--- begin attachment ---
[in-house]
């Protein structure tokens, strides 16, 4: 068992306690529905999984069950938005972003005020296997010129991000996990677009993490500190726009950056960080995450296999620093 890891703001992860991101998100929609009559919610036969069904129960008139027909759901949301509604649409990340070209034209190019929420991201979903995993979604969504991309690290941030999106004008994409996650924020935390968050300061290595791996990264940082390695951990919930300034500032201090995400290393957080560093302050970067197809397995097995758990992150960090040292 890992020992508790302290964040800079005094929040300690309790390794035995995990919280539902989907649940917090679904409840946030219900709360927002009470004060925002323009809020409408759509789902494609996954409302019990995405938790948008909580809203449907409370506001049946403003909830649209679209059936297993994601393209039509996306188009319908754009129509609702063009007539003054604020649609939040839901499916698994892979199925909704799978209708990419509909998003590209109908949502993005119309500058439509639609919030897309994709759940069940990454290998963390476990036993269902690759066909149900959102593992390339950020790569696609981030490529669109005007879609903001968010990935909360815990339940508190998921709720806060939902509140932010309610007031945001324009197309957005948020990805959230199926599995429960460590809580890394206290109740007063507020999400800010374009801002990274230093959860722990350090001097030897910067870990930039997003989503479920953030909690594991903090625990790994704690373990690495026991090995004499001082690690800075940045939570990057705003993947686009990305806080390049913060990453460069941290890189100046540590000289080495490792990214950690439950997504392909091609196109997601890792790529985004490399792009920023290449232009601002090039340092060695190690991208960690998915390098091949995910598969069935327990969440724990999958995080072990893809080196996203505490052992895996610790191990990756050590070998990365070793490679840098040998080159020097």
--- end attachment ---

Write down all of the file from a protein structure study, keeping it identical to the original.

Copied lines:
[in-house]
């Protein structure tokens, strides 16, 4: 068992306690529905999984069950938005972003005020296997010129991000996990677009993490500190726009950056960080995450296999620093 890891703001992860991101998100929609009559919610036969069904129960008139027909759901949301509604649409990340070209034209190019929420991201979903995993979604969504991309690290941030999106004008994409996650924020935390968050300061290595791996990264940082390695951990919930300034500032201090995400290393957080560093302050970067197809397995097995758990992150960090040292 890992020992508790302290964040800079005094929040300690309790390794035995995990919280539902989907649940917090679904409840946030219900709360927002009470004060925002323009809020409408759509789902494609996954409302019990995405938790948008909580809203449907409370506001049946403003909830649209679209059936297993994601393209039509996306188009319908754009129509609702063009007539003054604020649609939040839901499916698994892979199925909704799978209708990419509909998003590209109908949502993005119309500058439509639609919030897309994709759940069940990454290998963390476990036993269902690759066909149900959102593992390339950020790569696609981030490529669109005007879609903001968010990935909360815990339940508190998921709720806060939902509140932010309610007031945001324009197309957005948020990805959230199926599995429960460590809580890394206290109740007063507020999400800010374009801002990274230093959860722990350090001097030897910067870990930039997003989503479920953030909690594991903090625990790994704690373990690495026991090995004499001082690690800075940045939570990057705003993947686009990305806080390049913060990453460069941290890189100046540590000289080495490792990214950690439950997504392909091609196109997601890792790529985004490399792009920023290449232009601002090039340092060695190690991208960690998915390098091949995910598969069935327990969440724990999958995080072990893809080196996203505490052992895996610790191990990756050590070998990365070793490679840098040998080159020097």